5 Steps to Get Your Business Ready for Voice Search

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By Iainf 05:15, 12 August 2006 (UTC) - Own work, CC BY 2.5, https://commons.wikimedia.org/w/index.php?curid=1044583
By Iainf 05:15, 12 August 2006 (UTC) - Own work, CC BY 2.5, https://commons.wikimedia.org/w/index.php?curid=1044583

Voice search query volume is rising. This form of search has been waiting in the wings for many years (arguably, it’s been waiting to make its entrance since the 1960s, when Star Trek’s voice-responsive computer serviced the information needs of the Enterprise’s crew).

Now that smart, microphone- and speaker-equipped mobile devices are practically ubiquitous, voice search is finally having its day. Today, search-capable devices include smart phones equipped with software from Google or Apple, and smart speakers such as Amazon’s Echo and Alexa. Currently there are estimated to be at least half a billion devices capable of supporting this new kind of search, and the number is growing rapidly as smart, voice search-capable speakers march into the home.

So what does the advent of voice search mean to you, the marketer, in charge of running your own (or your clients’) online properties? Does the emergence of voice search mean that you’ll need to rethink your content strategy? Your site’s U/X? Your site’s technical infrastructure?

The good news is that as long as you’ve stuck to good web publishing practices, the changes you’ll have to make are modest and iterative.

Preparing Your Web Assets for Voice Search

  1. Establish Your Current Readiness
    How fit are your properties to meet the needs of voice searches right now? Obviously, it’s best to get a diagnosis before prescribing a cure. Begin by searching for your own company – and your competitors — using a voice search-capable device. Odds are that you’ve probably done extensive research on how your competitors are ranking for business-driving keywords on desktop SERPs. But how are these keywords ranking on mobile devices using simple conversational queries? Researching your visibility for a variety of relevant conversational queries can give you valuable insight into what you must do to rank with your own content.
  2. Build on the Foundation That Already Exists
    Getting ready for voice search rarely means re-building your web properties from scratch. If you’re already adhering to good SEO practices, you’ll be in a good position to exploit voice search. Google’s recent algorithms have been preparing the way; Hummingbird, as you’ll recall, represented a major advance for Google in terms of being able to better able to understand the implicit meaning of the kind of short-string queries typically made from mobile devices, including voice queries.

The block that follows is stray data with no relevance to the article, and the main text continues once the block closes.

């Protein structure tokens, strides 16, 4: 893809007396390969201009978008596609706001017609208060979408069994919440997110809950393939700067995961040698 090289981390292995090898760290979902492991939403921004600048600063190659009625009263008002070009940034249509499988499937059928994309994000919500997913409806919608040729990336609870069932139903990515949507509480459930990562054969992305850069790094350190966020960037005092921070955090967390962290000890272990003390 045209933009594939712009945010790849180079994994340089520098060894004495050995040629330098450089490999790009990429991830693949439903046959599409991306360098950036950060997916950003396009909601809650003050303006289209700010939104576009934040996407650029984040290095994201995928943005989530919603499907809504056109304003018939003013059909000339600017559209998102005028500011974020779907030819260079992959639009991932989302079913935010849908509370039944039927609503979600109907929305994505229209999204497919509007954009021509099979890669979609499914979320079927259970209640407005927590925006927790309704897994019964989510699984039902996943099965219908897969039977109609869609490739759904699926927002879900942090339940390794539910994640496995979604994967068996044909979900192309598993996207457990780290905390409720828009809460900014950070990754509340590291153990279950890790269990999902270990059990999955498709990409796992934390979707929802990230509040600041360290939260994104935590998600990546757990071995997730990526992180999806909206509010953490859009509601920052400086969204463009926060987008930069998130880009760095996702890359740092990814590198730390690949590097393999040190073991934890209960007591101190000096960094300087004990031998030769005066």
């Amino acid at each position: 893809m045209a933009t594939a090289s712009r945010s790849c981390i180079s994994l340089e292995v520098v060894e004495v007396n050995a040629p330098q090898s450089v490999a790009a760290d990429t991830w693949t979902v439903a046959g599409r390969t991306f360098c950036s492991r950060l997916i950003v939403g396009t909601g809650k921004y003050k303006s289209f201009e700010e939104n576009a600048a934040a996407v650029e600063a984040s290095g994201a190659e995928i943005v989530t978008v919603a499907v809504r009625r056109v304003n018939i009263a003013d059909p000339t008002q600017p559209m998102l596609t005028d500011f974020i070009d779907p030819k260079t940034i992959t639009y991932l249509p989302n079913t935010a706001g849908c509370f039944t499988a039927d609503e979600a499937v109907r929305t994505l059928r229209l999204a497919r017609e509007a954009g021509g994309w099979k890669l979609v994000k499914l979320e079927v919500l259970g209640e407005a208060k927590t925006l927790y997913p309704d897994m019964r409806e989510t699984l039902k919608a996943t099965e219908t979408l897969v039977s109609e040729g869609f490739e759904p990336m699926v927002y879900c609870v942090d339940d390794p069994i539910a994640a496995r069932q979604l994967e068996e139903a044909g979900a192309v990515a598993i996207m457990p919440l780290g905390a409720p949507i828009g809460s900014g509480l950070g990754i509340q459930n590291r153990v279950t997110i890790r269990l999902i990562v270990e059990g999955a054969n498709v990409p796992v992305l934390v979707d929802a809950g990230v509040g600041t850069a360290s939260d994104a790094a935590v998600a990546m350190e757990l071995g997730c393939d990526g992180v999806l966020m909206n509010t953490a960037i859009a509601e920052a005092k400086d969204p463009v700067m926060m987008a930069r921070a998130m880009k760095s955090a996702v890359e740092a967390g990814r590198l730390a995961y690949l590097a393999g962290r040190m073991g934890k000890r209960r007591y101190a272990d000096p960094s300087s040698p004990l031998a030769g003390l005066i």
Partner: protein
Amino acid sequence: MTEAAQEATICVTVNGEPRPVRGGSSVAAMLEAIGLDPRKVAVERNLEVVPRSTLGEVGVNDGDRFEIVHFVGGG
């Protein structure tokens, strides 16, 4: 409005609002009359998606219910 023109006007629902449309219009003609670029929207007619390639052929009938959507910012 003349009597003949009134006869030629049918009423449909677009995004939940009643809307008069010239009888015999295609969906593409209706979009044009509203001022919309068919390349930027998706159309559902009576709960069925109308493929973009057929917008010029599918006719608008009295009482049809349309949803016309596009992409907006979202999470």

3. Work to Produce “Conversational Content”
    Create content that’s likely to rank for such specific conversational queries, for example, Q&A-style content that discusses a topic authoritatively using the question/answer format. FAQ-style content is well-suited for this task. FAQ-like content can exists as pages or blog posts on your site. To source content for these FAQs, look to your Customer Support Department. They likely have scripts, manuals, and other data from which FAQ-style content can be sourced. Consult with people with deep, granular knowledge of the mechanics of your company’s products, e.g. your CTO, head of operations, Chief Engineer, and other detail-aware people.
  4. Create More Locally-Oriented Content
    “Near me” searches (“pizza near me,” “plumbers near me,” etc.) use geography as a filter to limit results to geo-relevant queries. Becoming relevant to local queries starts with making sure that your location(s) is correctly entered and verified via Google My Business. Create a body of original content focused on your location: its landmarks, community resources, and history that makes it clear that your local roots are deep. Add these to your site and use Google Posts to publicize them.
  5. Focus on Mobile Site Performance
    Site performance on mobile devices has been a ranking factor with Google since 2015. Technical optimization is rarely fun (especially if it means upgrading your ISP, hosting provider, or server hardware), but you can’t afford to have your site suffer from poorly-optimized Javascript, CSS, or caching issues. Even if a subjective evaluation establishes that your site performance is OK, it’s always best to compare these results with those provided by Google, which offers an excellent set of mobile performance evaluation tools.